EGU2020-14067, updated on 12 Jun 2020
https://doi.org/10.5194/egusphere-egu2020-14067
EGU General Assembly 2020
© Author(s) 2020. This work is distributed under
the Creative Commons Attribution 4.0 License.

Do local kinematics have an effect on the recrystallized grain size piezometer?

Rüdiger Kilian and Michael Stipp
Rüdiger Kilian and Michael Stipp
  • Martin-Luther Universität Halle-Wittenberg, Institute for Geosciences and Geography, Halle, Germany (ruediger.kilian@geo.uni-halle.de)


The quartz recrystallized grain size piezometer was determined by axial shortening experiments on Black Hills quartzite in Griggs type triaxial deformation apparatus (Stipp & Tullis, 2003). The analysis of general shear experiments on Black Hills quartzite (Heilbronner & Kilian, 2017) reveal a striking discrepancy between both experimental  setups; at a given differential stress, recrystallized grains are much larger in the general shear experiments than in axial shortening.
A major difference between both sets of experiments is, that the finite grain volume of quartz in the general shear experiments almost entirely consists of recrystallized grains while the here investigated axial shortening experiments have fractions of recrystallized grains in the range of 15 to 30% in the high stress experiments and up to 60% in the low stress experiments. Quartz in the general shear experiments developed a moderate to strong crystallographic preferred orientation (CPO) while, apart from a Dauphiné-induced ordering of poles to {10-11} and {01-11}, no overall significant CPO developed in the axial shortening experiments.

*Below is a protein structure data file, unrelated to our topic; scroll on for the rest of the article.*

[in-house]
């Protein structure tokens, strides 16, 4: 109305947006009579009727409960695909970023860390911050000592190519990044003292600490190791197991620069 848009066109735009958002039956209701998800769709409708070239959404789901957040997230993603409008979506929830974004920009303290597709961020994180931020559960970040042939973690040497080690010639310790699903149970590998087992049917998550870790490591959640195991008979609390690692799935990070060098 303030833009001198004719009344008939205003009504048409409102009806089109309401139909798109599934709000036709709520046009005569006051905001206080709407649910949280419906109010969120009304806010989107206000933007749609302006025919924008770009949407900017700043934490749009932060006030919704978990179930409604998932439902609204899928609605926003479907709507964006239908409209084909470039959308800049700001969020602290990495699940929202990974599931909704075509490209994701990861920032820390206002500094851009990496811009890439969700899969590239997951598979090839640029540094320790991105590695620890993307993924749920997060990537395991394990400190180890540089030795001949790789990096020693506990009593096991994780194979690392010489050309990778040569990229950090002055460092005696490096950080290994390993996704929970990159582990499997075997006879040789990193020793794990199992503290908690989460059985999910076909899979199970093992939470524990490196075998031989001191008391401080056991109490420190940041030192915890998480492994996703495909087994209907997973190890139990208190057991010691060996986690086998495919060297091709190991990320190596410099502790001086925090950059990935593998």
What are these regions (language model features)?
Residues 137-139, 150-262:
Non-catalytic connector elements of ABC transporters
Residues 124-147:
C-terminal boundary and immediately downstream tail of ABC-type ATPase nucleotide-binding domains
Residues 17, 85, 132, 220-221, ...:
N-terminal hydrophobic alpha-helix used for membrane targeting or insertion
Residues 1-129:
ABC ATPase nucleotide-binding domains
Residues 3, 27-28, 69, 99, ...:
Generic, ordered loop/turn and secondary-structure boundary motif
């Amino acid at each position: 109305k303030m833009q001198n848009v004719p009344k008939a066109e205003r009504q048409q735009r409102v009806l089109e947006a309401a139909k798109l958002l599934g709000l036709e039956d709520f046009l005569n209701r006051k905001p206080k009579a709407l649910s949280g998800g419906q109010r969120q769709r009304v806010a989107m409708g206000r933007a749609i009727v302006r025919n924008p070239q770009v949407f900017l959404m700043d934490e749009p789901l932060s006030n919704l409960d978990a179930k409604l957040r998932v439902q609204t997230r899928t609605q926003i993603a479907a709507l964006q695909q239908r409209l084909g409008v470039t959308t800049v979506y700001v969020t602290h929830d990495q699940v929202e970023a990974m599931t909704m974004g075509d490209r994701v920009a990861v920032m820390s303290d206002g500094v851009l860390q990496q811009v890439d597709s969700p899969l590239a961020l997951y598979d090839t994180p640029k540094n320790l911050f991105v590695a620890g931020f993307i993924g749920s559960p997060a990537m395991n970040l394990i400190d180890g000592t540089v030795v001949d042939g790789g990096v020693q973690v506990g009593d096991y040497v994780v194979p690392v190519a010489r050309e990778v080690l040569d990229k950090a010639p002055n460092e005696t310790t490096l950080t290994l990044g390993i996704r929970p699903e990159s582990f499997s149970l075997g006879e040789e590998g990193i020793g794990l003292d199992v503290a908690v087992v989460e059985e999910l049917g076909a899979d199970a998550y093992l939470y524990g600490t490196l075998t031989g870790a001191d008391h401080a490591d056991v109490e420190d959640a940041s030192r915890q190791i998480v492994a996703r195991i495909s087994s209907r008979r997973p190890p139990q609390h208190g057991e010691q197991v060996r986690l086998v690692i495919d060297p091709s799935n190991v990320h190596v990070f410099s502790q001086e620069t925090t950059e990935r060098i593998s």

Based on the analysis of the EBSD data of Cross et al. (2017), we observed that the dispersion axes of large quartz grains in the axial shortening experiments correspond to the global kinematic reference frame. The dispersion axes of the fraction of small, recrystallized grains depend on the local kinematics between the porphyroclasts. Slip transparency indicates that boundaries between the largest grains are rather hard while recrystallized grains can accommodate strain induced by crystal plastic slip more effectively and homogeneously.
These results suggest that recrystallized grains in the axial shortening experiments, at least in those with low fractions of recrystallized grains, correspond to a material deforming at a rate higher than the imposed shortening rate while the axial load is predominantly supported by the porphyroclasts. In contrast, recrystallized grains in general shear experiments deform at the imposed (global) rate and derived stresses correspond on average to the deforming zone. Due to strain and strain rate inhomogeneities in the latter experiments, however, there is a systematic variation in recrystallized grain size across the general shear zone. We compare these local microstructural variations and discuss their significance for the recrystallized grain size piezometer calibration.

How to cite: Kilian, R. and Stipp, M.: Do local kinematics have an effect on the recrystallized grain size piezometer?, EGU General Assembly 2020, Online, 4–8 May 2020, EGU2020-14067, https://doi.org/10.5194/egusphere-egu2020-14067, 2020

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